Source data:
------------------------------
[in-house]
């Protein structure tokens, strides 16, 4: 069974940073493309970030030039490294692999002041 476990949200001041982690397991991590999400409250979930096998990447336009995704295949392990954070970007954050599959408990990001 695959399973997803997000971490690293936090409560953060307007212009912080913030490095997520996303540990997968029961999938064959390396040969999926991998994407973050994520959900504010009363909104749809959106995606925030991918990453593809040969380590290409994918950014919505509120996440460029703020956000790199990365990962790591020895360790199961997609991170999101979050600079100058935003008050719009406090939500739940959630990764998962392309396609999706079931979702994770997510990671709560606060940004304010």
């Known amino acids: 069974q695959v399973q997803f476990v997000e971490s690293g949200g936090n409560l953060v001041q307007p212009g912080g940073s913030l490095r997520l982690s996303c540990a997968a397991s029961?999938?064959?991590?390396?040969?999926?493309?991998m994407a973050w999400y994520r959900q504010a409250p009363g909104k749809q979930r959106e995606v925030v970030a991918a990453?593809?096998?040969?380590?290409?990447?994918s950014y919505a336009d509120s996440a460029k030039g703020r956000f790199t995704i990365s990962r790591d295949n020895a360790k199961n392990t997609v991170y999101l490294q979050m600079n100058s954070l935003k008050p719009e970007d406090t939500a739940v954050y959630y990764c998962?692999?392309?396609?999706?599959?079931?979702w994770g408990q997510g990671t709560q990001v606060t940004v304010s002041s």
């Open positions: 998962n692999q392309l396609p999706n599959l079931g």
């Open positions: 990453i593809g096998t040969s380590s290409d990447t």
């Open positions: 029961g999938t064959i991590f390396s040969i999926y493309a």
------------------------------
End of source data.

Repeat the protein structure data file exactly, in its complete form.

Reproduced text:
[in-house]
């Protein structure tokens, strides 16, 4: 069974940073493309970030030039490294692999002041 476990949200001041982690397991991590999400409250979930096998990447336009995704295949392990954070970007954050599959408990990001 695959399973997803997000971490690293936090409560953060307007212009912080913030490095997520996303540990997968029961999938064959390396040969999926991998994407973050994520959900504010009363909104749809959106995606925030991918990453593809040969380590290409994918950014919505509120996440460029703020956000790199990365990962790591020895360790199961997609991170999101979050600079100058935003008050719009406090939500739940959630990764998962392309396609999706079931979702994770997510990671709560606060940004304010």
């Known amino acids: 069974q695959v399973q997803f476990v997000e971490s690293g949200g936090n409560l953060v001041q307007p212009g912080g940073s913030l490095r997520l982690s996303c540990a997968a397991s029961?999938?064959?991590?390396?040969?999926?493309?991998m994407a973050w999400y994520r959900q504010a409250p009363g909104k749809q979930r959106e995606v925030v970030a991918a990453?593809?096998?040969?380590?290409?990447?994918s950014y919505a336009d509120s996440a460029k030039g703020r956000f790199t995704i990365s990962r790591d295949n020895a360790k199961n392990t997609v991170y999101l490294q979050m600079n100058s954070l935003k008050p719009e970007d406090t939500a739940v954050y959630y990764c998962?692999?392309?396609?999706?599959?079931?979702w994770g408990q997510g990671t709560q990001v606060t940004v304010s002041s």
């Open positions: 998962n692999q392309l396609p999706n599959l079931g």
């Open positions: 990453i593809g096998t040969s380590s290409d990447t």
């Open positions: 029961g999938t064959i991590f390396s040969i999926y493309a």